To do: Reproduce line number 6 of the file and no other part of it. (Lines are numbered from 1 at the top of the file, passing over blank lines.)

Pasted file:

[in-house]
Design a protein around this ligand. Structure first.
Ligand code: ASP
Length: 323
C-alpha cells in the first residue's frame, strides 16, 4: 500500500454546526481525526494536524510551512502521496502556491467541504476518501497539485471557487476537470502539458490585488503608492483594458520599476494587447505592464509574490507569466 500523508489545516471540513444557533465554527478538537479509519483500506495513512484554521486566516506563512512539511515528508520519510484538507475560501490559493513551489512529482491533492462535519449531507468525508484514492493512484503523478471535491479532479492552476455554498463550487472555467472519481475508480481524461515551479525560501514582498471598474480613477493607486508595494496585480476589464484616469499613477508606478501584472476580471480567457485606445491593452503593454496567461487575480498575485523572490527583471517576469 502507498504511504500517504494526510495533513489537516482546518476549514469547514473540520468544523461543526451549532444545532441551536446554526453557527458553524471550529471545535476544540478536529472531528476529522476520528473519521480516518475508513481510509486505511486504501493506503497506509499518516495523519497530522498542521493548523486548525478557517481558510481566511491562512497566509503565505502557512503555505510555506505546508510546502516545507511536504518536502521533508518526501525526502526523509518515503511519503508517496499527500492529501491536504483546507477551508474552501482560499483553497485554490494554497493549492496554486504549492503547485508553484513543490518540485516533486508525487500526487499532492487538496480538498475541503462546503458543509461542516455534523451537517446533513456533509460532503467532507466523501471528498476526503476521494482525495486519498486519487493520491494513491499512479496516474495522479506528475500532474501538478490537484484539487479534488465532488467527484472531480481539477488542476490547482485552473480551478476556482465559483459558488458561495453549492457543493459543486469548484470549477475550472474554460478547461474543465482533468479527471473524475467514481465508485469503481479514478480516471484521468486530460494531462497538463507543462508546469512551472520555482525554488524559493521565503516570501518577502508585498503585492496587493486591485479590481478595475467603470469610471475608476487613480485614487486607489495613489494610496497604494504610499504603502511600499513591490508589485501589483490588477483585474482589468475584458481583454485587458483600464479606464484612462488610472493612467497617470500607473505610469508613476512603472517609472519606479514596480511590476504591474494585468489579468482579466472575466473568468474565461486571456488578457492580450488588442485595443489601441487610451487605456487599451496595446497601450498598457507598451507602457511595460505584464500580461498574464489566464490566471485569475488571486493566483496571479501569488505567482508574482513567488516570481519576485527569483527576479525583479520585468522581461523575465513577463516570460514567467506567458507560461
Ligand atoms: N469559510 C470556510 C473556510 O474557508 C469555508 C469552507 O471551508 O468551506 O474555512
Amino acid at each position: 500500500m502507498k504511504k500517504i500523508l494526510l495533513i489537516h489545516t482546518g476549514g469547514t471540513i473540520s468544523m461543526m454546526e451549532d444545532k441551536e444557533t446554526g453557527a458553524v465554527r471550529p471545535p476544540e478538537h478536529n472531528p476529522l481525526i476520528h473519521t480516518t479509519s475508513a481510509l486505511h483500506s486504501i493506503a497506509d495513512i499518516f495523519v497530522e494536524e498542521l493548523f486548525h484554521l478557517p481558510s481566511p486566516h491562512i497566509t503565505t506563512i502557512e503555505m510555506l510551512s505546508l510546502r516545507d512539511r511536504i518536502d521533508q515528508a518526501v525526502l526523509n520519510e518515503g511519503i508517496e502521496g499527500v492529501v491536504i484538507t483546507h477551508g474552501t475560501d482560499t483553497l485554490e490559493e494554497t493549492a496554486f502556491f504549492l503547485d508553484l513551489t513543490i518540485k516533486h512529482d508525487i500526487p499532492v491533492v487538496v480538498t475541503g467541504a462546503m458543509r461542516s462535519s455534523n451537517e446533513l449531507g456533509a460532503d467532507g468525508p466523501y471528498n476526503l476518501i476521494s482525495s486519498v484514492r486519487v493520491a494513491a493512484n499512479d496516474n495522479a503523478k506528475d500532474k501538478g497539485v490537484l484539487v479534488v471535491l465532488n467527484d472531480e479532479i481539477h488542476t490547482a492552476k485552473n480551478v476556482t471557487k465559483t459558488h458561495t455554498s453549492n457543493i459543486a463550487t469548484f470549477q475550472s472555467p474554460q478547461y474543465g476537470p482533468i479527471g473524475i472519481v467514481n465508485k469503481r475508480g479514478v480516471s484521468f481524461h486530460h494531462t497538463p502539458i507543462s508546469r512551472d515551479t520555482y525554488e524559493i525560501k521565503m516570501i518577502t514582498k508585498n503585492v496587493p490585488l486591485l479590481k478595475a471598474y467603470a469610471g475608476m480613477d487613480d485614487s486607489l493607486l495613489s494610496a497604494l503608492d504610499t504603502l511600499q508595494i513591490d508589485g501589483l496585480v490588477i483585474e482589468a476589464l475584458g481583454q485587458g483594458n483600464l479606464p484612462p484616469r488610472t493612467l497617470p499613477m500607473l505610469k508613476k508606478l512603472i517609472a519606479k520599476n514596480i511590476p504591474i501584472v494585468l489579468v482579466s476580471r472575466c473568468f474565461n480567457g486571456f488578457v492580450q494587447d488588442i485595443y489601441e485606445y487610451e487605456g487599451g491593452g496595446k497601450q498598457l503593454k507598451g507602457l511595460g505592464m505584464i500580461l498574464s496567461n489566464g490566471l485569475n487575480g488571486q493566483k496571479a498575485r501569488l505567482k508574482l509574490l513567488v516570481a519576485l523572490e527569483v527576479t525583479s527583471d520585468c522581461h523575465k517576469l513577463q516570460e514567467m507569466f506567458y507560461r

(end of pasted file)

Ligand atoms: N469559510 C470556510 C473556510 O474557508 C469555508 C469552507 O471551508 O468551506 O474555512